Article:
Many altruistic endeavors seem overwhelmingly likely to be ineffective compared to what is possible. For instance building schools, funding expensive AIDS treatment, and raising awareness about breast cancer and low status.
For many other endeavors, it is possible to tell a story under which they are massively important, and hard to conclusively show that we don’t live in that story. Yet it is also hard to make a very strong case that they are better than a huge number of other activities. For instance, changing policy discourse in China, averting rainforest deforestation or pushing for US immigration reform.
There are also (at least in theory) endeavors that can be reasonably expected to be much better than anything else available. Given current disagreement over what fits in this category, it seems to either be empty at the moment, or highly dependent on values.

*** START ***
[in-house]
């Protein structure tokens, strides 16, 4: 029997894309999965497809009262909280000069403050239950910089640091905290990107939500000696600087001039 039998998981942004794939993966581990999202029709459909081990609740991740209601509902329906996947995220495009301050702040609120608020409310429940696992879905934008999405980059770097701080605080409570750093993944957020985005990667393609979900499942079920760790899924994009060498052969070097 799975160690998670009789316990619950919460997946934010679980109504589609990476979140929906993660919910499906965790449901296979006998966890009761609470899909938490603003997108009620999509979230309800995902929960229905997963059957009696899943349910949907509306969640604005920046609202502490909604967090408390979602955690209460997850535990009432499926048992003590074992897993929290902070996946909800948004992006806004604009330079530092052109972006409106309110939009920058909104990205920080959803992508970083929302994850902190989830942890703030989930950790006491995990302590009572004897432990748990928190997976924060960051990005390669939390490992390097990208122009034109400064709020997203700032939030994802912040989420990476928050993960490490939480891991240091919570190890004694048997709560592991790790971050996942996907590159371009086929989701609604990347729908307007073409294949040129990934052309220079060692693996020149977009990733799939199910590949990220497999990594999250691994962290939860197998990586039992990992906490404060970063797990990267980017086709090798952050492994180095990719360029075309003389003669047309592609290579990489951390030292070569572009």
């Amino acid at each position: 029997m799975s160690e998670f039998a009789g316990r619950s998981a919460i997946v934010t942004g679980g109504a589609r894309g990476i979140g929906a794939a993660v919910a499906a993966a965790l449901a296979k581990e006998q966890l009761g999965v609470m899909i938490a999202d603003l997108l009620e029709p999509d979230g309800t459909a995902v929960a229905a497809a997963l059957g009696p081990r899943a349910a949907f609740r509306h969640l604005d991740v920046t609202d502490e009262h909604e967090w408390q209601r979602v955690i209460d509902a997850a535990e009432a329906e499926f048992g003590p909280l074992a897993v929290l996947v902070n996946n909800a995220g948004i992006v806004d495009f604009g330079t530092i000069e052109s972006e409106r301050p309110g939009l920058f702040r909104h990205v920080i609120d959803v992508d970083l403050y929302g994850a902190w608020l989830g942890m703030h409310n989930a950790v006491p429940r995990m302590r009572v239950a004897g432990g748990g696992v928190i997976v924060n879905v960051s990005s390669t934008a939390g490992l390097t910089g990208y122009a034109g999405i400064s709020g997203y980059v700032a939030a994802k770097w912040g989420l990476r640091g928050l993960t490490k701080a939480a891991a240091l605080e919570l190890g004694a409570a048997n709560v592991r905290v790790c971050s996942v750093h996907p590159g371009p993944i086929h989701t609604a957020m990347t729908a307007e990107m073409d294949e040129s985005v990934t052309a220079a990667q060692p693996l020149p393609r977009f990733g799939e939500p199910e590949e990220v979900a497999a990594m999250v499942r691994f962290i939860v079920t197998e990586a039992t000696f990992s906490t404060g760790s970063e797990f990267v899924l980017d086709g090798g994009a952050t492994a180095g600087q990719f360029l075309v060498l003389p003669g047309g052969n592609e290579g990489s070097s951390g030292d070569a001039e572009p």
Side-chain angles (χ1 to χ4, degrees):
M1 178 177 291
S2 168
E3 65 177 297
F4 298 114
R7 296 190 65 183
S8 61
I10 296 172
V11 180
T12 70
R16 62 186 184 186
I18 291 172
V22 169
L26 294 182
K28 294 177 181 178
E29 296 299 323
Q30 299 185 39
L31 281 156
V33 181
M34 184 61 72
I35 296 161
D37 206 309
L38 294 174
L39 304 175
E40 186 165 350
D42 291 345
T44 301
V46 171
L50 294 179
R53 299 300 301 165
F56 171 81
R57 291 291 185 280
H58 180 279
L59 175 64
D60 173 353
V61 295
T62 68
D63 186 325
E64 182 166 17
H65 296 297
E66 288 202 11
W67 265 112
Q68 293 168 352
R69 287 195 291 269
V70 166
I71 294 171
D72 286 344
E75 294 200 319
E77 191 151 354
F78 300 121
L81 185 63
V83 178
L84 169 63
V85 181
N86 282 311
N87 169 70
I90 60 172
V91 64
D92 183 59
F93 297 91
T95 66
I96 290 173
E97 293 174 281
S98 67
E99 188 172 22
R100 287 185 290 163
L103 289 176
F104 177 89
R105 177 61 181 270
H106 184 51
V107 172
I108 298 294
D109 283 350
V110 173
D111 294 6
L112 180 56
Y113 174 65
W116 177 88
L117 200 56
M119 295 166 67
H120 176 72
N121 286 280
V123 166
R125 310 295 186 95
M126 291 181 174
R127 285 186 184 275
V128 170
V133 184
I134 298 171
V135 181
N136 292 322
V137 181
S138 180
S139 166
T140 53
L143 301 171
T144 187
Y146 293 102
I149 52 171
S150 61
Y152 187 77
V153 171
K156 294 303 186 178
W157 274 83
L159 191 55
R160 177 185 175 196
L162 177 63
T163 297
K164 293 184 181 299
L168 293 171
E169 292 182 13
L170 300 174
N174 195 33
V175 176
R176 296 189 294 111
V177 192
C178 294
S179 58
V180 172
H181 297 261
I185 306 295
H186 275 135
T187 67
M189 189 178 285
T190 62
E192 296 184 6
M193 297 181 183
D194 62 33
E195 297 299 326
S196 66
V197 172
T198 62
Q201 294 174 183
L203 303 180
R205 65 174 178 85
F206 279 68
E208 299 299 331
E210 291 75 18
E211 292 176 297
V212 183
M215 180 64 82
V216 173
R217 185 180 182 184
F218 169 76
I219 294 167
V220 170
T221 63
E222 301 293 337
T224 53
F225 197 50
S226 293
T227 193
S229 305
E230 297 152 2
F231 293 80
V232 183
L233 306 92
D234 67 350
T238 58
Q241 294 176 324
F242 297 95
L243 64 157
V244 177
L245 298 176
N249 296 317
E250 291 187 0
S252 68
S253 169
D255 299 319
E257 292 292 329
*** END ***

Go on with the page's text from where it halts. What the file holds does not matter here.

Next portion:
An important question for those interested in effective altruism is whether most of the gains from effectiveness are to come from people who support the obviously ineffective endeavors moving to plausibly effective ones, or from people who support the plausibly effective endeavors moving to the very probably effective ones.
One reason this matters is that the first jump requires hardly any new research about actual endeavors, while the second seems to require a lot of it. Another is that the first plan involves engaging quite a different demographic to the second, and probably in a different way. Finally, the second plan requires intellectual standards that can actually filter out the plausible endeavors from the very good ones. Such standards seem hard to develop and maintain. Upholding norms that filter terrible interventions from plausible ones is plenty of work, and probably easier.
My own intuition has been that most of the value will come from the second possibility. However I suspect others have the opposite feeling, or at least aim to exploit the first possibility more at the moment. What do you think? Is the distinction even just?